How NFL coaches will take advantage of new kickoff rule

Greeny: NFL's new touchback rule creates more danger (2:13)

Mike Golic explains why the NFL moving touchbacks to the 25-yard line is not surprising, but Mike Greenberg believes that this new rule does not promote safety within the league. (2:13)

The NFL's new rule that will bring the ball out to the 25-yard line on touchbacks might not seem like a major change. Five yards, right? But that slight bump in free field position for the offense -- which the league says was in response to an increased number of injuries on kickoff returns -- will have a major impact on kicking strategy and personnel.

Talking with some NFL coaches on Thursday, they want to use the "sky" kick more after this rule change. Put that thing up high in the air and drop it in the bucket near the goal line. Hey, even kick it to the corner and give yourself a bigger advantage. Nowhere to hide there. Let's go.

Why? It's field position. That's a never-ending battle in the pros, and five yards is too valuable to concede. Teams are going to change they way the game plan because of it.

For starters, that's going to drop the value of the strong-legged kicker who lacks the ability to place a kickoff down the field. Forget launching that thing in the end zone when you have a kicker who can control the ball. That's going to sell.

Sure, the kickers without the massive legs might not be able to hit a field goal from 55. But given the new opportunities on kickoffs, and the amount of PATs missed this past season with the ball moved back to the 15-yard line, there will be a new premium put on kickers with accuracy.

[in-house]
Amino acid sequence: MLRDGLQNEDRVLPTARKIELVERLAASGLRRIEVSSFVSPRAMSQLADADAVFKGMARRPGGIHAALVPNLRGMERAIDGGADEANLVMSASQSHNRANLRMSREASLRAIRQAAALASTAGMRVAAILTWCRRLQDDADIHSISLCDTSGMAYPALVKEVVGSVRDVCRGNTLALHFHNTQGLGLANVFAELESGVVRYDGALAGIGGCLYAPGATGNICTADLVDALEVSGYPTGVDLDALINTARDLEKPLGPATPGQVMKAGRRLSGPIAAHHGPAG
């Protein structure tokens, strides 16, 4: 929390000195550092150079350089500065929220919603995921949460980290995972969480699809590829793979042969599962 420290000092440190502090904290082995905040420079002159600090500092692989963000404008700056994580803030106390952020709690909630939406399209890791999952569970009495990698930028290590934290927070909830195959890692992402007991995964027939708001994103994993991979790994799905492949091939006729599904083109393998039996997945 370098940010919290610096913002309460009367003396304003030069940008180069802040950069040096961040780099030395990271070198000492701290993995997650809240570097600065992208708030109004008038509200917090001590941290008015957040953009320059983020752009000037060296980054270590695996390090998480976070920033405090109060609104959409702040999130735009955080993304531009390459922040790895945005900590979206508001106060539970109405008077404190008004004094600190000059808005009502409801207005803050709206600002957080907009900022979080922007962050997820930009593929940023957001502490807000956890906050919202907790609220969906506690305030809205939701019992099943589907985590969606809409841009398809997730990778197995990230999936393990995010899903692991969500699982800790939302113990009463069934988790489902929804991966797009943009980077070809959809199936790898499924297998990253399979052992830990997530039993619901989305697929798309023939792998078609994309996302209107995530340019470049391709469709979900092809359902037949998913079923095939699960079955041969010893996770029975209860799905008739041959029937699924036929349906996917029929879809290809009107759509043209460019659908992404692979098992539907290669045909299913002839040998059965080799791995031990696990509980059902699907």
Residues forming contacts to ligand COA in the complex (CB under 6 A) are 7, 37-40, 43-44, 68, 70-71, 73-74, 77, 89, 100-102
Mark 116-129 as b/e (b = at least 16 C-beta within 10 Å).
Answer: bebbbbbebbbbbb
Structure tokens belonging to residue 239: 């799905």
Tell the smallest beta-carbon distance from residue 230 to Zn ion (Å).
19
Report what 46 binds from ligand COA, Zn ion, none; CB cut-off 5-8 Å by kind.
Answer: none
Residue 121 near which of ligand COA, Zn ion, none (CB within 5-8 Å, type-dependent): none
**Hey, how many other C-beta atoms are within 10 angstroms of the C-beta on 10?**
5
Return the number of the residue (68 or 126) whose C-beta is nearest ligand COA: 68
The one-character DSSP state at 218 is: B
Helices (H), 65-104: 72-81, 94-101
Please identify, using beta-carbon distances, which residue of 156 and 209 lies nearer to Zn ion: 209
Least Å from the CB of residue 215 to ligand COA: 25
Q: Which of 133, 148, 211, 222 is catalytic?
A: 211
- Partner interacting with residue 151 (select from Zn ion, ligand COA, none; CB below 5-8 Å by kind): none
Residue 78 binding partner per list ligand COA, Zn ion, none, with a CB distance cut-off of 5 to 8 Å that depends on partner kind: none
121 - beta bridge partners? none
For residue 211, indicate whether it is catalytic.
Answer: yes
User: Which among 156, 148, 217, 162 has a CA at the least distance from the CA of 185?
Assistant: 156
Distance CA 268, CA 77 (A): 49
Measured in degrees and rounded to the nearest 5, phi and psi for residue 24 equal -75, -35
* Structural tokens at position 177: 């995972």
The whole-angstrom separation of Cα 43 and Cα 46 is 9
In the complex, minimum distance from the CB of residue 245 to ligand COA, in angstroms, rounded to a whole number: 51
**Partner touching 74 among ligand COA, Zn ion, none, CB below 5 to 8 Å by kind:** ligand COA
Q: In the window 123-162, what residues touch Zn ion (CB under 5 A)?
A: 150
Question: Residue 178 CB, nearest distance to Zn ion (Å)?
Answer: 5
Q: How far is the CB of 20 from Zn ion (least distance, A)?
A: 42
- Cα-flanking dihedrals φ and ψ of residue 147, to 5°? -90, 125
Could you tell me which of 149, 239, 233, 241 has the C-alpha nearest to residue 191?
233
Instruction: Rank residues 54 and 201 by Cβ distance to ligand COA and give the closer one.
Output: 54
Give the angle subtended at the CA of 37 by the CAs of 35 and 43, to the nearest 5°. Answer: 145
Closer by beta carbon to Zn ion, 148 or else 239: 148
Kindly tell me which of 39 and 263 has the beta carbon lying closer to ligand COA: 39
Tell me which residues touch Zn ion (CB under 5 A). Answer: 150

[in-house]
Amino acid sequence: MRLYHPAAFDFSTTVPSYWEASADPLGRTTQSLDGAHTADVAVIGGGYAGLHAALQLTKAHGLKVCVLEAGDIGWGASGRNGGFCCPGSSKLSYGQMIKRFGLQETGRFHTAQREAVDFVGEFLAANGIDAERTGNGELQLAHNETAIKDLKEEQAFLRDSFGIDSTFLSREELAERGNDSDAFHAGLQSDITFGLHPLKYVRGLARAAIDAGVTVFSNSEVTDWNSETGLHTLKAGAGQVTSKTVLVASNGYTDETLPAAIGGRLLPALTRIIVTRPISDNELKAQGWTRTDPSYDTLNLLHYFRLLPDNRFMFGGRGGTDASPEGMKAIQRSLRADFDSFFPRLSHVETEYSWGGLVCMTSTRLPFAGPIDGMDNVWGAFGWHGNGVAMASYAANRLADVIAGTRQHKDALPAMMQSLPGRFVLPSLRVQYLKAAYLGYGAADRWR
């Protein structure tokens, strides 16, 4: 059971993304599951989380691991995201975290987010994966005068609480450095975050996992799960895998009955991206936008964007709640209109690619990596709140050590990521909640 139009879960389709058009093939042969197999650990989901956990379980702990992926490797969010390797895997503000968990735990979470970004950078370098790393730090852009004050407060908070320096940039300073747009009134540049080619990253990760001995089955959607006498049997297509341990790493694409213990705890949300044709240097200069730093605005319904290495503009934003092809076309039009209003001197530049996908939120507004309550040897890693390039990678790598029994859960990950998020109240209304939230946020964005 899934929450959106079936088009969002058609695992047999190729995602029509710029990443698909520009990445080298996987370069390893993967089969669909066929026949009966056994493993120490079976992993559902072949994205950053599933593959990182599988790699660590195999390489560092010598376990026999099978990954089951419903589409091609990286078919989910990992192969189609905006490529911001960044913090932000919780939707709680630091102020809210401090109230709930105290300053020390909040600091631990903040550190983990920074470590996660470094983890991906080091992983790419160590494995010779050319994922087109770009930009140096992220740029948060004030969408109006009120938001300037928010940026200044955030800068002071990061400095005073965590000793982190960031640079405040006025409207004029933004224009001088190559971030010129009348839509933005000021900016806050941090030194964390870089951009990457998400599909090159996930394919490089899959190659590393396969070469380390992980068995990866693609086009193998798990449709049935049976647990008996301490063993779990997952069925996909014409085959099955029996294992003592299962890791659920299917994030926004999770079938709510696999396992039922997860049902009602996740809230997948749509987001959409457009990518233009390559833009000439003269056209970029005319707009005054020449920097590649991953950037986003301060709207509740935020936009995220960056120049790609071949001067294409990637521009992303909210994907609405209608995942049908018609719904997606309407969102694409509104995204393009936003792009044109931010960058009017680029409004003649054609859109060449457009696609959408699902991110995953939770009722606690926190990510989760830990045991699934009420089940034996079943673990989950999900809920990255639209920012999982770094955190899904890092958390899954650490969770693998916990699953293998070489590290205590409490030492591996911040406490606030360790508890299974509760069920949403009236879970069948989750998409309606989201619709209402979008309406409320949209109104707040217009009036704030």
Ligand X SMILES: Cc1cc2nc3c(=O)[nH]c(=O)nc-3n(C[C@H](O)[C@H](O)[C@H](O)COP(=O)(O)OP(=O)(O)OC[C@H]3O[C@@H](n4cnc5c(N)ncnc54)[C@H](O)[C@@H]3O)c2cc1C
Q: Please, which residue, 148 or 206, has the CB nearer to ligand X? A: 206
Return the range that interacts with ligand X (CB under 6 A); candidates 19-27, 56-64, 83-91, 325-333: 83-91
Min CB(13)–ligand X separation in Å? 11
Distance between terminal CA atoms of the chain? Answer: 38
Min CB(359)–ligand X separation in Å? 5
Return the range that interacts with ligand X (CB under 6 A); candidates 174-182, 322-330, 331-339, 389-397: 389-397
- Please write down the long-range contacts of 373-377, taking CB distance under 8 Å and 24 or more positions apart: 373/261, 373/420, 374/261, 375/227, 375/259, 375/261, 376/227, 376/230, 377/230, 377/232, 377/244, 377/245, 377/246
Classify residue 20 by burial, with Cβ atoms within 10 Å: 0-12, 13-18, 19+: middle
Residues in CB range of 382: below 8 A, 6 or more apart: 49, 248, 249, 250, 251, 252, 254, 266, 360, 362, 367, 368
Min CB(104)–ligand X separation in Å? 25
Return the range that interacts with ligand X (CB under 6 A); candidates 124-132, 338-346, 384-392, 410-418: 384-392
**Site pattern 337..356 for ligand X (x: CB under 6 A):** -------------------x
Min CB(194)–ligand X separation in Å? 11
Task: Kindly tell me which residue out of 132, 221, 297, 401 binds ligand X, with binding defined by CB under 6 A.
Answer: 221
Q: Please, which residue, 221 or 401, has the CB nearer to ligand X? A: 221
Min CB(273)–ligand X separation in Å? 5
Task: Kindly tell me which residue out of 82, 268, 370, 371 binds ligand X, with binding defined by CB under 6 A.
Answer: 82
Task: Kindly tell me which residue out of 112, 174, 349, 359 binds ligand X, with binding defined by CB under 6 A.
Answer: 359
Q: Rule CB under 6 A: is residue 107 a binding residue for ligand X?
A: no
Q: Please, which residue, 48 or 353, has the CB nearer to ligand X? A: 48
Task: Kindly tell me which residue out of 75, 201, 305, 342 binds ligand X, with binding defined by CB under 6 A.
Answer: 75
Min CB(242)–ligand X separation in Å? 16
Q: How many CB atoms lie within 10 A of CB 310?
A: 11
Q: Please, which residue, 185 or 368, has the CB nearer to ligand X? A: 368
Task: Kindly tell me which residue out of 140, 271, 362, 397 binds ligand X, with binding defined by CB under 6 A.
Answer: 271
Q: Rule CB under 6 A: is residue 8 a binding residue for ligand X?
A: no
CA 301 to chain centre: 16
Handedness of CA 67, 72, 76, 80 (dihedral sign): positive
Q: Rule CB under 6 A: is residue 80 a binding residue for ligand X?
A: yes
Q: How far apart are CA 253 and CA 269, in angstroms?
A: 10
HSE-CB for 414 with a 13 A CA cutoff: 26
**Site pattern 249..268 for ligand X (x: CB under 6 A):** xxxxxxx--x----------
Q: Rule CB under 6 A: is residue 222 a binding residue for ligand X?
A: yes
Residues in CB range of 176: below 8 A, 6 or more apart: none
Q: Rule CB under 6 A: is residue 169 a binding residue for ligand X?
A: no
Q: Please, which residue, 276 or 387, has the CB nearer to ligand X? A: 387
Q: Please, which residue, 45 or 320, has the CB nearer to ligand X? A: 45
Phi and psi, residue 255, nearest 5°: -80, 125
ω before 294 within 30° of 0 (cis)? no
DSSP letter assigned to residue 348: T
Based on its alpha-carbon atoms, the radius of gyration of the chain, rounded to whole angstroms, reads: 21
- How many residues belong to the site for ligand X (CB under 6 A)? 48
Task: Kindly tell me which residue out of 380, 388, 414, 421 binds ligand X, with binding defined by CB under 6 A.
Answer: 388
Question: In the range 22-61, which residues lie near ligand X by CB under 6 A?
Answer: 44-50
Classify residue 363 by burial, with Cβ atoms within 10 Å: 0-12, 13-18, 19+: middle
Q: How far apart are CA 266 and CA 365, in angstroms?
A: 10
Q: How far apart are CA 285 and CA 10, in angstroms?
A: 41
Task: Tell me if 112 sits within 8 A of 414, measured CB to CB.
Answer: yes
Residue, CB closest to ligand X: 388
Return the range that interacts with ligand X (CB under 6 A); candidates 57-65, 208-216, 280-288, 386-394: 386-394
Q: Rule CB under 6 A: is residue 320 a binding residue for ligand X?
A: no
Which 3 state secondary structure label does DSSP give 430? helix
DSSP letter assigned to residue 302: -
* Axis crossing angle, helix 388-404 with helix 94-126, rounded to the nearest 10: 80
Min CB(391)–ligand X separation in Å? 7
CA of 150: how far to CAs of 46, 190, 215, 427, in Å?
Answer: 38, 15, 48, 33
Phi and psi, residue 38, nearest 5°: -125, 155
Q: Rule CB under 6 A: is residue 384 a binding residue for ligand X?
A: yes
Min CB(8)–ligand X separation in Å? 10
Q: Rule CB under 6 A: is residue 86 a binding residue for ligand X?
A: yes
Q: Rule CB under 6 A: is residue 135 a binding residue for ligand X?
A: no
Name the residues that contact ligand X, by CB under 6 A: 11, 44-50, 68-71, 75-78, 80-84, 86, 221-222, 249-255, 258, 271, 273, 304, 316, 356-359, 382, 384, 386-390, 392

"They brought skill and the ability to handle pressure back to the kicking position versus just being a strong leg," an AFC coach told me.

The kickoff has become a dead play, a time for fans to grab another beer. It's boring. Useless, even. A conditioning drill. And it has also lowered the impact (and overall value) of coverage guys who can flat-out fly down the field, finish tackles and change the course of the game by making big plays on special teams.

This rule change -- designed, in theory, to limit returns even more -- will ironically end up having the opposite effect based on the coaches I've talked to. Maybe this means the return of the top-flight (and borderline crazy) coverage men too. Maybe they'll finally get a chance to make some plays again. Hey, win with speed down the field to deliver some hits on the returner.

That's how you set the tempo to start a football game. Dictate with physicality. That has been missing, in my opinion, since the league moved the ball up to the 35-yard line of kickoffs.

There's real technique involved in covering a kick at the NFL level. Think about the ability to stack and shed, defeat a block, maintain lane discipline and tackle -- in space. You have to do that after navigating rush-hour traffic on the field. Lot of moving parts. Bodies everywhere. Bring your big boy pads to get down there. And play fast.

Those are developmental tools also, the basic fundamentals of defensive football. Can you use your hands, create angles to the ball and make plays in the open field? That advances the learning curve for young rookies and rewards the weathered vets who can still make tackles inside of the 20-yard line. Value. Make a career in the league, right?

Teams that have the accurate kicking and true, two-deep depth at linebacker/defensive back (the soul of the special teams coverage units) will shine this season when the kickoff rises back to the surface. It's coming: corner kicks and real pressure on the return team to create field position.

No one is giving away a free pass to start drives at the 25-yard line. That's too easy. Teams will have to earn it now.